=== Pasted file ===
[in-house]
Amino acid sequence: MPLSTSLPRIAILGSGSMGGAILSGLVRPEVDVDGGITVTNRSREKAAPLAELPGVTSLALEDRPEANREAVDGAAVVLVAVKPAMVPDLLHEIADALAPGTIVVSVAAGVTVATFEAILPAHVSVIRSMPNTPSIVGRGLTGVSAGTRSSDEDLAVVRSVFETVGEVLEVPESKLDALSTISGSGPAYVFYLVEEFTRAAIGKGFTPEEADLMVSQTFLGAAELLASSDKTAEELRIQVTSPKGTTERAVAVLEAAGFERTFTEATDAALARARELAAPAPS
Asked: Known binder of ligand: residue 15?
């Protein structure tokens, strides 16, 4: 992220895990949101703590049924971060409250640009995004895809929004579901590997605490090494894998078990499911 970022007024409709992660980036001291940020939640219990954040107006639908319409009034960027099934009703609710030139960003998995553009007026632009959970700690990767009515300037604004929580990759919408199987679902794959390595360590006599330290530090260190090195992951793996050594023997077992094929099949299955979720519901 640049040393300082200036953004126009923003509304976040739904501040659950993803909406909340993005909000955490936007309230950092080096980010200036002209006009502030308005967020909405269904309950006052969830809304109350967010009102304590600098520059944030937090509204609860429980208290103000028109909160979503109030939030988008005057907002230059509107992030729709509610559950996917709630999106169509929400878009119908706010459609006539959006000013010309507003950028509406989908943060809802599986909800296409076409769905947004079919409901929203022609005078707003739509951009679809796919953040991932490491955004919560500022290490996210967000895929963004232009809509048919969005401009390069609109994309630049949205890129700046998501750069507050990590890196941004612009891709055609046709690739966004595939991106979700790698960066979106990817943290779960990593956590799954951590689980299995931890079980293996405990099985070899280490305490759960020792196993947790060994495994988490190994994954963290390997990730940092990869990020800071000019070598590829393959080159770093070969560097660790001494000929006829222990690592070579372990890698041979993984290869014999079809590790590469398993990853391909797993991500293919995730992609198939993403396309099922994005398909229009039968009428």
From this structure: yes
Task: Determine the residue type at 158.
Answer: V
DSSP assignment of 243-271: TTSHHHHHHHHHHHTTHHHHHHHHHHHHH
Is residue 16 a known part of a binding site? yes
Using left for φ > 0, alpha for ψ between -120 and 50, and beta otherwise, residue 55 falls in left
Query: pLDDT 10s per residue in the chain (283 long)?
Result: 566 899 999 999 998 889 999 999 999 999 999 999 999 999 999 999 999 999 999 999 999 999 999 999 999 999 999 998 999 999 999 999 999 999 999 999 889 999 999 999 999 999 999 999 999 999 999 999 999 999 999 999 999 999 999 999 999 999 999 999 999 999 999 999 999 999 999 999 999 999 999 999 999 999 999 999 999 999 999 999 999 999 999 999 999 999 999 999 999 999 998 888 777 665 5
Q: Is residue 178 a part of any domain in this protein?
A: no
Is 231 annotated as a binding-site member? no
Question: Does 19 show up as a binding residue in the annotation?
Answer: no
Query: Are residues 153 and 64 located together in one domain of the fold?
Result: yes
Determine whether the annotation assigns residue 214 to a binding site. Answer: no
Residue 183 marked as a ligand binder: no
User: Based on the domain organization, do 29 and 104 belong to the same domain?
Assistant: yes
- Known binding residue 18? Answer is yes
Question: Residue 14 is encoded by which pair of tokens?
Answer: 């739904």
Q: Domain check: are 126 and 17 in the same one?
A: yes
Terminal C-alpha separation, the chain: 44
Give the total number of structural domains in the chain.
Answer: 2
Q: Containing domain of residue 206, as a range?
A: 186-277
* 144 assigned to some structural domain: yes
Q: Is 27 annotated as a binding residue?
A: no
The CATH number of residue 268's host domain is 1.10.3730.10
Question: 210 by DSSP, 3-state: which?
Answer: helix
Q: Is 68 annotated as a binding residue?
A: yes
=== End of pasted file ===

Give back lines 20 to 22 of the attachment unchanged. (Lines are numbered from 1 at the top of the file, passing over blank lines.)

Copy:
Determine whether the annotation assigns residue 214 to a binding site. Answer: no
Residue 183 marked as a ligand binder: no
User: Based on the domain organization, do 29 and 104 belong to the same domain?